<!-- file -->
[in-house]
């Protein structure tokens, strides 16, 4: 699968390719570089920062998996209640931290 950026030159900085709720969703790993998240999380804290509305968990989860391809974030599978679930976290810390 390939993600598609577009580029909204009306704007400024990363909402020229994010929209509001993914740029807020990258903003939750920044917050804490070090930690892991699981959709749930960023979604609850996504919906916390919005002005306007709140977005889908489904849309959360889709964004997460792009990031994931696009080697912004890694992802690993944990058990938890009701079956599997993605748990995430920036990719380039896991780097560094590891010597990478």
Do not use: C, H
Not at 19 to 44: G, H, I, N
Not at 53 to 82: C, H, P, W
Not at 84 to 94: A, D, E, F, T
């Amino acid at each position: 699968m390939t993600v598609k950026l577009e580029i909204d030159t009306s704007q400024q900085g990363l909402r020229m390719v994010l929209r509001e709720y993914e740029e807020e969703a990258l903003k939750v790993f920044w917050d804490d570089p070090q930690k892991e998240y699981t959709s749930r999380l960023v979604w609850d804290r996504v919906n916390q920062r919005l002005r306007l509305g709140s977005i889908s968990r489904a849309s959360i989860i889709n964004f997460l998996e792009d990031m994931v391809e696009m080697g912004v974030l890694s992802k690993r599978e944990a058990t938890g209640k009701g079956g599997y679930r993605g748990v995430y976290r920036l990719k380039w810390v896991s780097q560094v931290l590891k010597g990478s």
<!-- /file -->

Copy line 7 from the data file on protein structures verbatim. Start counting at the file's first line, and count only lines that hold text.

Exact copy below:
């Amino acid at each position: 699968m390939t993600v598609k950026l577009e580029i909204d030159t009306s704007q400024q900085g990363l909402r020229m390719v994010l929209r509001e709720y993914e740029e807020e969703a990258l903003k939750v790993f920044w917050d804490d570089p070090q930690k892991e998240y699981t959709s749930r999380l960023v979604w609850d804290r996504v919906n916390q920062r919005l002005r306007l509305g709140s977005i889908s968990r489904a849309s959360i989860i889709n964004f997460l998996e792009d990031m994931v391809e696009m080697g912004v974030l890694s992802k690993r599978e944990a058990t938890g209640k009701g079956g599997y679930r993605g748990v995430y976290r920036l990719k380039w810390v896991s780097q560094v931290l590891k010597g990478s």